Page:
NCLEX RN Practice Question # 784

NCLEX Examination.

Practice Question # 784.


nclex examination



Vancomycin hydrochloride is used increasingly to treat methicillin-resistant S. aureus, which has become a major concern in the United States and other parts of the world. Because of the emergence of vancomycin-resistant enterococci, vancomycin must be used judiciously. As a rule of thumb, it should be used only when culture and sensitivity test results confirm the need for it.


Because vancomycin is absorbed poorly from the GI tract, it must be given IV to treat systemic infections. An oral form of vancomycin is used to treat pseudomembranous colitis. Remember, however, that IV vancomycin can’t be used in place of oral vancomycin and vice versa. The two forms aren’t interchangeable.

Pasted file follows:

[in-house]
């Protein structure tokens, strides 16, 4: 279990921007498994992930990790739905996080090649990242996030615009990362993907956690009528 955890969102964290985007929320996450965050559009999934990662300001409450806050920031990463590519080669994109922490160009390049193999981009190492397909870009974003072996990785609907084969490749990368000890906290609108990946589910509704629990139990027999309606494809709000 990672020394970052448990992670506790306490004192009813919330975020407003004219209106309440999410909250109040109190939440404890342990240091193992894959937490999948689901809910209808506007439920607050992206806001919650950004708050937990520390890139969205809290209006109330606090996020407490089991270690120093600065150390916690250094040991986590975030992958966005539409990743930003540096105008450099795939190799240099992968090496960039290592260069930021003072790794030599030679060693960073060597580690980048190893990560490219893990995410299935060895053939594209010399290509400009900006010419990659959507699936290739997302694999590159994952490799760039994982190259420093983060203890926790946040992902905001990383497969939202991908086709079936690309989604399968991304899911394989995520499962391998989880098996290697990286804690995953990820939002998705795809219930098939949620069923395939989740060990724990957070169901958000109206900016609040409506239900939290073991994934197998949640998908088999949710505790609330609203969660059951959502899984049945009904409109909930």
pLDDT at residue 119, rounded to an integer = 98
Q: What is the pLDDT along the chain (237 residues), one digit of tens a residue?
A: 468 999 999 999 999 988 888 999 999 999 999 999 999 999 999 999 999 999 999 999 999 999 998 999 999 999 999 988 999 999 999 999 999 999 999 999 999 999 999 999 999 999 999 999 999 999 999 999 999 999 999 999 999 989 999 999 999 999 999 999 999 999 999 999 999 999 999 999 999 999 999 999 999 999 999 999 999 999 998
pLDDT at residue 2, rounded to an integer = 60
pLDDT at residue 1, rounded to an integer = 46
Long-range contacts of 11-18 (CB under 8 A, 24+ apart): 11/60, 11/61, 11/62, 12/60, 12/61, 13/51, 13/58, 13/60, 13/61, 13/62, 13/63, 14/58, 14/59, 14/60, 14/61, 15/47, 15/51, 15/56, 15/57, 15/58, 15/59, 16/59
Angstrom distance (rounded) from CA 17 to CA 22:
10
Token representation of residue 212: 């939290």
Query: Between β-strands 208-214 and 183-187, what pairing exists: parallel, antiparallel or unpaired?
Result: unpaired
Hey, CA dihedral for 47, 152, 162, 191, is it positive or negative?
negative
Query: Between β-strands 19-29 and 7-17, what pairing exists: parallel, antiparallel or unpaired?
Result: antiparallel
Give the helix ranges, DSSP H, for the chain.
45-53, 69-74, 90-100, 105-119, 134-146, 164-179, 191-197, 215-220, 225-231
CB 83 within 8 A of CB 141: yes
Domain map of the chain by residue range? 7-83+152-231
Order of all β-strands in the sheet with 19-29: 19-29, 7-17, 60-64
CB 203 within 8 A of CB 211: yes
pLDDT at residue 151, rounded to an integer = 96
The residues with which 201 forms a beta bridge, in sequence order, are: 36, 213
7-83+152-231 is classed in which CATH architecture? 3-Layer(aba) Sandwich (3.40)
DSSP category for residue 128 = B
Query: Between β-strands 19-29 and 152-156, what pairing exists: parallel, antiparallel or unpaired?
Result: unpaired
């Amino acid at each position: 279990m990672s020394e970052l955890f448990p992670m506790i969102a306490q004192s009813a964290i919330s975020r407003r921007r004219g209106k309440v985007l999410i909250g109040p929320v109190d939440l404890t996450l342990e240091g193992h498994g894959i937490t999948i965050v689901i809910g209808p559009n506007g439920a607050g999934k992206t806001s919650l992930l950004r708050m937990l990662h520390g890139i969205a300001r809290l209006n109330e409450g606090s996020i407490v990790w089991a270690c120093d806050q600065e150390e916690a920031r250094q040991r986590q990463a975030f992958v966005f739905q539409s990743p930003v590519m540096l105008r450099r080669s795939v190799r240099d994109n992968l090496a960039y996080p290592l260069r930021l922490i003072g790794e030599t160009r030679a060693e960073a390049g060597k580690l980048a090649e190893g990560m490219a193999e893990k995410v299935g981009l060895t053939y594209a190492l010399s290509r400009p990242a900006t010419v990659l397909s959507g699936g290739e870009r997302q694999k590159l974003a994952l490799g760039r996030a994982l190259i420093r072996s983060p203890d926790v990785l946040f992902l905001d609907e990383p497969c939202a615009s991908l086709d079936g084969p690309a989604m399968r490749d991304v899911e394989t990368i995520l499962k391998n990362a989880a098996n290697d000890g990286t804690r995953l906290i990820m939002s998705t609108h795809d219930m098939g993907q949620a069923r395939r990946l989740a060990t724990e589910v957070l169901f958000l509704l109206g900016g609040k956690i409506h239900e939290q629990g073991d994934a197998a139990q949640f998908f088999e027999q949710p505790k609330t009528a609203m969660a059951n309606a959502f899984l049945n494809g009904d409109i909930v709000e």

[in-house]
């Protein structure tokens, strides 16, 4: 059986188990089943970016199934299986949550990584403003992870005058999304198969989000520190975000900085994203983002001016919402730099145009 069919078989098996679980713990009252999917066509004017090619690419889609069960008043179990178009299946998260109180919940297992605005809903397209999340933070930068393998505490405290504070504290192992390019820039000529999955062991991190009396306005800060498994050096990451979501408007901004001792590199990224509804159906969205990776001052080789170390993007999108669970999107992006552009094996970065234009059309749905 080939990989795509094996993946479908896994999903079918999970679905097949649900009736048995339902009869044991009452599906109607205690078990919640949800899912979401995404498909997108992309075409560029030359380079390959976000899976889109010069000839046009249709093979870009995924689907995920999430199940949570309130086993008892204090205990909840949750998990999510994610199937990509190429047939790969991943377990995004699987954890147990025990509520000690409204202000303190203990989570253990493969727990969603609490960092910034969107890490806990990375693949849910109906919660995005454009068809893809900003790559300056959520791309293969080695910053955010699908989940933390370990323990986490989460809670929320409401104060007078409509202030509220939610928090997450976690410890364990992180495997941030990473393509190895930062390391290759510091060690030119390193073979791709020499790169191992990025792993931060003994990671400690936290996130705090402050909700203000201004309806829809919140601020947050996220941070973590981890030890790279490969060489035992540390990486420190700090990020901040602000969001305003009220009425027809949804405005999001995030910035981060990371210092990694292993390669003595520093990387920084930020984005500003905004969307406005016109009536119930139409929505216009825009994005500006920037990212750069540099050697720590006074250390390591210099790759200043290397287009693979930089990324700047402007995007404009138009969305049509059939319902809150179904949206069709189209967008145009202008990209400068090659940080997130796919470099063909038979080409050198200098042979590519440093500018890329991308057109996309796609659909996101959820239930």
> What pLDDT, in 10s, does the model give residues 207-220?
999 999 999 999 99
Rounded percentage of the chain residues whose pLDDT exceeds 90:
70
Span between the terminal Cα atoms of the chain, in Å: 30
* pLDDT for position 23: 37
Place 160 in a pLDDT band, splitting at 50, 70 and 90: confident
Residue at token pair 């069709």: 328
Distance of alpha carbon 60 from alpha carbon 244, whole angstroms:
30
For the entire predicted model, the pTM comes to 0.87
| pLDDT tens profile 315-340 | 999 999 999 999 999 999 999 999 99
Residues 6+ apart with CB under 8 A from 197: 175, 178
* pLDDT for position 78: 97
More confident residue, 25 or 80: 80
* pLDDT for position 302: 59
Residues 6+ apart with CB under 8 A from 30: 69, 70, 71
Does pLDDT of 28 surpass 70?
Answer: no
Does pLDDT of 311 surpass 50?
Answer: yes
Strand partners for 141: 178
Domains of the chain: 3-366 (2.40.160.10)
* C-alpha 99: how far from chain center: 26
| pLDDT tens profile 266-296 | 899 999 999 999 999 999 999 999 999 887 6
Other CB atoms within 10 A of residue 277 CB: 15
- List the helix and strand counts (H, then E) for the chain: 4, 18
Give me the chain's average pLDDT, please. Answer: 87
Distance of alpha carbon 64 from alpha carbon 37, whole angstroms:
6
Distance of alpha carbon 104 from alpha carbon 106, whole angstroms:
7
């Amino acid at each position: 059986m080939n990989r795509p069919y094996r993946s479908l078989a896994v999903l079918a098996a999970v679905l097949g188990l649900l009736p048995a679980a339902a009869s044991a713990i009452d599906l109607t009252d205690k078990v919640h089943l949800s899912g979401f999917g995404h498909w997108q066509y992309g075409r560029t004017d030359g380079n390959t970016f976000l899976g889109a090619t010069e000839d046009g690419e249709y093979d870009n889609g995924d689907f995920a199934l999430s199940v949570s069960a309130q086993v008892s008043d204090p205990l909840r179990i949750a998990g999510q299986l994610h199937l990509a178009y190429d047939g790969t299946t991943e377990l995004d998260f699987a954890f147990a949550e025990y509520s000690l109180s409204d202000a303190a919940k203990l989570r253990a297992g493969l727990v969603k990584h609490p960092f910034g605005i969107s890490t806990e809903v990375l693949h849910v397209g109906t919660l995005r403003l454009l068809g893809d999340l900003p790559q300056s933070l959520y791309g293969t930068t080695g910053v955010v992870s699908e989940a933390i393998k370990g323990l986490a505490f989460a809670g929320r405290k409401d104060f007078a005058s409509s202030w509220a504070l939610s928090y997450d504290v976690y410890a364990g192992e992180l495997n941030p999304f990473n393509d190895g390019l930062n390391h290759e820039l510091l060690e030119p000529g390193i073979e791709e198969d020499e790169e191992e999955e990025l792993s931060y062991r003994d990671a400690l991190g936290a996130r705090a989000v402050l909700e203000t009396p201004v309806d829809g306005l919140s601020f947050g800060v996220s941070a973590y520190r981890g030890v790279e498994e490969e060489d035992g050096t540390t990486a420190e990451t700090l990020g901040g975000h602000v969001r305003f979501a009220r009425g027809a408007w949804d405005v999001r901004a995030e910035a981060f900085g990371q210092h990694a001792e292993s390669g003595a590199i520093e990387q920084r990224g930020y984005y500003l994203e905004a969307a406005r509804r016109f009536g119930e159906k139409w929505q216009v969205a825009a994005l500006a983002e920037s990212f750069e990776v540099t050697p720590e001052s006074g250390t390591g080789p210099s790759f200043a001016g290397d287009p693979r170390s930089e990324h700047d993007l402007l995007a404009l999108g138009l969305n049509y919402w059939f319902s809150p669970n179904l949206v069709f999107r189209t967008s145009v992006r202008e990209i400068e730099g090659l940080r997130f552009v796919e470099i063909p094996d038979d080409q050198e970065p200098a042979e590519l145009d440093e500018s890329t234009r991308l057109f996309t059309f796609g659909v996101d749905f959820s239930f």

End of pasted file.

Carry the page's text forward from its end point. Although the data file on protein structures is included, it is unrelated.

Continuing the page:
Adverse reactions:

Adverse reactions to vancomycin, although rare, include:

  • Hypersensitivity and anaphylactic reactions
  • Drug fever
  • Eosinophilia
  • Neutropenia (reduced number of neutrophils, a type of WBC)
  • Hearing loss (transient or permanent), especially in excessive doses, such as when it’s given with other ototoxic drugs
  • Nephrotoxicity
  • Red man syndrome.

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